This new set of Chandra Instagram experiences was made possible by a collaboration including NASA and the Smithsonian Institution, as well as students and researchers at Brown University. The 3D models of Tycho, Vela and Helix were done in conjunction with Sal Orlando, an astrophysicist at Italy’s National Institute for Astrophysics in Palermo. The Cat’s Eye Nebula was created with data from Ryan Clairmont, physics researcher and undergraduate at Stanford University. Kim Arcand from SAO oversaw the project and worked with Brown University’s Tom Sgouros and his team, research assistant Alexander Dupuis and undergraduate Healey Koch, on the Chandra Instagram filters.

Vela Pulsar

Vela Pulsar:
The Vela Pulsar is the aftermath of a star that collapsed, followed by an explosion that sent a remarkable storm of particles and energy into space. The Chandra X-ray Observatory and other telescopes captured this storm, seen here as a 3D model. At the center of Vela is a pulsar, a rapidly spinning dense star that sends beams of light out into space like a cosmic lighthouse.

Tycho's Supernova Remnant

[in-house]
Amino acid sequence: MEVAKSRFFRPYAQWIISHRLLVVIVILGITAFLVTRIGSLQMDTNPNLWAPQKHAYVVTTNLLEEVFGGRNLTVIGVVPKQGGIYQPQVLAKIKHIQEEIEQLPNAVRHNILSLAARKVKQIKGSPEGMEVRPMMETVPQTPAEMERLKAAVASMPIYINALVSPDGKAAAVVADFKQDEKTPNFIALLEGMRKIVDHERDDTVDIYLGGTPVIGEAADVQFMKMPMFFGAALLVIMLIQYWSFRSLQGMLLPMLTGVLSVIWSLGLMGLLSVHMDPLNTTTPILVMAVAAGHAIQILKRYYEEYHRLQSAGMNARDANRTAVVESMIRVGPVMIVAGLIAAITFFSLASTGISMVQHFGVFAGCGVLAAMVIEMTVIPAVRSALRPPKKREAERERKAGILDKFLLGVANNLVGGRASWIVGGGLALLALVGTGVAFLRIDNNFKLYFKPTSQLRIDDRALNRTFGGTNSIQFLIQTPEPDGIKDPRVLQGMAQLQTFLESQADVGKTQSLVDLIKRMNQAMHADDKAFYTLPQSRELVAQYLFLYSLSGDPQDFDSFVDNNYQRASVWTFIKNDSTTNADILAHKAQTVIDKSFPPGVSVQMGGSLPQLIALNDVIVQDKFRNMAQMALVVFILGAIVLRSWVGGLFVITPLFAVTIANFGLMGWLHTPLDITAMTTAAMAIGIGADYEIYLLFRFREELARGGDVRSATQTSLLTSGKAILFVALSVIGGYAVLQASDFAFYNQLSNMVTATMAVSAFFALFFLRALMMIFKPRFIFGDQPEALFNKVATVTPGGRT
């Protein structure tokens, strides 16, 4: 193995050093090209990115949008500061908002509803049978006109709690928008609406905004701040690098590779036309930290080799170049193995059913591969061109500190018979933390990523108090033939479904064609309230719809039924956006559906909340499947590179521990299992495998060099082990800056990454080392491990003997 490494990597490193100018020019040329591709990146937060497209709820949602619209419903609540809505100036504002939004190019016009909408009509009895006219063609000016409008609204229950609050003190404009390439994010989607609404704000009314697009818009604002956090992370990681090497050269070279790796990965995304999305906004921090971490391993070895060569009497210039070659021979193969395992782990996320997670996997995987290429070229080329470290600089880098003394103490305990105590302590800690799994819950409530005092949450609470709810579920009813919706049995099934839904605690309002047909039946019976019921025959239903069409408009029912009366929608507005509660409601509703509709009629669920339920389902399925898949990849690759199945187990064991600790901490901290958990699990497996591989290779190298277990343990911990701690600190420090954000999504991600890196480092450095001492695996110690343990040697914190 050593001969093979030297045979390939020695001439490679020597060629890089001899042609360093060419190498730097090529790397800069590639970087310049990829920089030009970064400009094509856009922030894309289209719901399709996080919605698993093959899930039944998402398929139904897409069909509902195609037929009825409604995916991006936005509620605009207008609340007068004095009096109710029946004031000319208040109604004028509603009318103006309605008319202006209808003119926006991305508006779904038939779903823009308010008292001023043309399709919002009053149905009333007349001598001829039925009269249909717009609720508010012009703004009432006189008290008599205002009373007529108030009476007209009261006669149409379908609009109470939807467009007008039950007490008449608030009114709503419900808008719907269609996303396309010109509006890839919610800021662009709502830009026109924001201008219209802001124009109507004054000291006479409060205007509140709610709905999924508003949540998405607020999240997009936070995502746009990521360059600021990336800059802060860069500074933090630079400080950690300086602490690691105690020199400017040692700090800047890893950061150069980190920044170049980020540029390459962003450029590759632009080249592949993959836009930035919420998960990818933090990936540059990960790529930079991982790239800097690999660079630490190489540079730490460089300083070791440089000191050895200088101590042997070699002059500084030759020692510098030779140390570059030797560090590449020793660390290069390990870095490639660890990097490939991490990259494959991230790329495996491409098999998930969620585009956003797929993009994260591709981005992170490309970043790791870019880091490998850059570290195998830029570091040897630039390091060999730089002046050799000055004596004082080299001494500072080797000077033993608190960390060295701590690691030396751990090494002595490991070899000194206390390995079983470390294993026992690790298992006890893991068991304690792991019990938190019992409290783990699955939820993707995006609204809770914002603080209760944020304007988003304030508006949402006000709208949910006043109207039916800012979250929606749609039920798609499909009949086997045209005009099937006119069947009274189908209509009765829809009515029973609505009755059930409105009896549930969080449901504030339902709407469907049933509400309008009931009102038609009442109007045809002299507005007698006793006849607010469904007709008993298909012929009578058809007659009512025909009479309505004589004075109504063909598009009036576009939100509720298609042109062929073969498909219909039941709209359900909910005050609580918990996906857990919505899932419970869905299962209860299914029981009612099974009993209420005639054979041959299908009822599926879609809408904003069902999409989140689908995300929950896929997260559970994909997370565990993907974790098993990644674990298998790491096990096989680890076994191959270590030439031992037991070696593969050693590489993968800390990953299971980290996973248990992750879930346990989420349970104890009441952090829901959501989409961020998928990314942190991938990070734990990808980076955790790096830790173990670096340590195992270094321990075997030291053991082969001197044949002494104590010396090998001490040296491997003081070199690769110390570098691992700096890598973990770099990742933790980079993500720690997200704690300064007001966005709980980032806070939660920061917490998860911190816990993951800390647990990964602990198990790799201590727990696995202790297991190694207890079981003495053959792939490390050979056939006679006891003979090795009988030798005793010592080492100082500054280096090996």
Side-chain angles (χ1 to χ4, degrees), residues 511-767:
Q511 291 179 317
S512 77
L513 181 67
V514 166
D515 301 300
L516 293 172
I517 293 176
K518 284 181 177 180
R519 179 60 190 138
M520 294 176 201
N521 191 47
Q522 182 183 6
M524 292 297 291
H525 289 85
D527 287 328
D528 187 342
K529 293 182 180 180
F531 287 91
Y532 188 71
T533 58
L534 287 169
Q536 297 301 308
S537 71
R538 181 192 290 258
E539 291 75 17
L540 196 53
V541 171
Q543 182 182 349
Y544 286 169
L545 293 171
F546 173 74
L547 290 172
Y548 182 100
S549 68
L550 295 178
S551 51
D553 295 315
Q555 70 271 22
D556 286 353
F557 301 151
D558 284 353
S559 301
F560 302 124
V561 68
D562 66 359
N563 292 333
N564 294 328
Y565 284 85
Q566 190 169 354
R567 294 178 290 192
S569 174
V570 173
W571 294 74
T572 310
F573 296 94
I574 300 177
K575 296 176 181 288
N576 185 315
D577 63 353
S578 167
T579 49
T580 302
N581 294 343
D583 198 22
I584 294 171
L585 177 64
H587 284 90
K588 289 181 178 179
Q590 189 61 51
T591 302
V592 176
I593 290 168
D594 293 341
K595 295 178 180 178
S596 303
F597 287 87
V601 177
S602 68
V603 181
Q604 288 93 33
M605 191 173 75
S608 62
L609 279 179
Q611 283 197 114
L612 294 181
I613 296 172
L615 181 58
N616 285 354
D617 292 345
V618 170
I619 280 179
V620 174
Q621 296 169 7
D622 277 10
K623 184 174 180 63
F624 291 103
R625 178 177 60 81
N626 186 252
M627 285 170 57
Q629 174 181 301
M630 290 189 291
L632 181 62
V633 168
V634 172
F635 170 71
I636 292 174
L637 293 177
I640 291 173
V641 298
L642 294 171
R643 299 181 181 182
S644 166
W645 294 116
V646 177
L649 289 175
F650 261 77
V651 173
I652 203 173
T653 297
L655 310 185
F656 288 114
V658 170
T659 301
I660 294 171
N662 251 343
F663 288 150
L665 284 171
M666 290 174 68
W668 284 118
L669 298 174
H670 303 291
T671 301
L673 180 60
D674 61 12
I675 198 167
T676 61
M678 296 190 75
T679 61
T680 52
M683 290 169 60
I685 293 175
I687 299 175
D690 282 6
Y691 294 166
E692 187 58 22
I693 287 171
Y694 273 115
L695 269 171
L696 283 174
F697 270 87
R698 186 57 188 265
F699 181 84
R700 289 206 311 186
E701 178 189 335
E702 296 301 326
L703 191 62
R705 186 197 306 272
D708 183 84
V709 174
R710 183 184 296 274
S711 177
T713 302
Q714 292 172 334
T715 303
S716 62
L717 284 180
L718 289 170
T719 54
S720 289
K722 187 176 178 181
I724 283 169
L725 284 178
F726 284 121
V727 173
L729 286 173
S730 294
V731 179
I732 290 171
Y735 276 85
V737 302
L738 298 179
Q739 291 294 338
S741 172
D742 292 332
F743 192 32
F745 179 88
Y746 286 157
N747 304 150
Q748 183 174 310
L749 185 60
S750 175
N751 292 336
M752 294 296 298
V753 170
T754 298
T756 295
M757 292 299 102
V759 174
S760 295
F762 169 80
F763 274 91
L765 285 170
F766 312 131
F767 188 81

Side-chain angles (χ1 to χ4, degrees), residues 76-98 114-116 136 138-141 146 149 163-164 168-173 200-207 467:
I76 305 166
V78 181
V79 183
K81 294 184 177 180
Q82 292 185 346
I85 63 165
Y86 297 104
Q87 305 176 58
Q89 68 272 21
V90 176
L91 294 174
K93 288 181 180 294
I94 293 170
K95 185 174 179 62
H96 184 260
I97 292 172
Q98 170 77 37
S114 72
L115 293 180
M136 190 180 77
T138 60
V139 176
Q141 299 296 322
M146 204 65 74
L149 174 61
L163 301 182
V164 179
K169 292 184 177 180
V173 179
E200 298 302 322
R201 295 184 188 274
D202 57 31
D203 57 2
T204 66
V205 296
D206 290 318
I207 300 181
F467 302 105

Tycho's Supernova Remnant:
Massive stars die in giant explosions called supernovas that can outshine an entire galaxy. After a supernova explosion, the remains of the star can become a spectacular and evolving cosmic monument to the now-deceased star. These remnants glow in X-ray light, which NASA’s Chandra X-ray Observatory can detect such as in this image of Tycho’s Supernova Remnant.

Helix Nebula

Helix Nebula:
In about 5 billion years, our Sun will run out of fuel and expand, possibly engulfing Earth. These end stages of a star’s life can be utterly beautiful as is the case with this planetary nebula called the Helix Nebula. Astronomers study these objects by looking at all kinds of light, including X-rays that the Chandra X-ray Observatory sees.

Cat's Eye Nebula

Cat's Eye Nebula:
Eventually, our Sun will run out of fuel and die (though not for about another 5 billion years). As it does, it will become like the object seen here, the Cat’s Eye Nebula, which is a planetary nebula. A fast wind from the remaining stellar core rams into the ejected atmosphere and pushes it outward, creating wispy structures seen in X-rays by Chandra and optical light by the Hubble Space Telescope.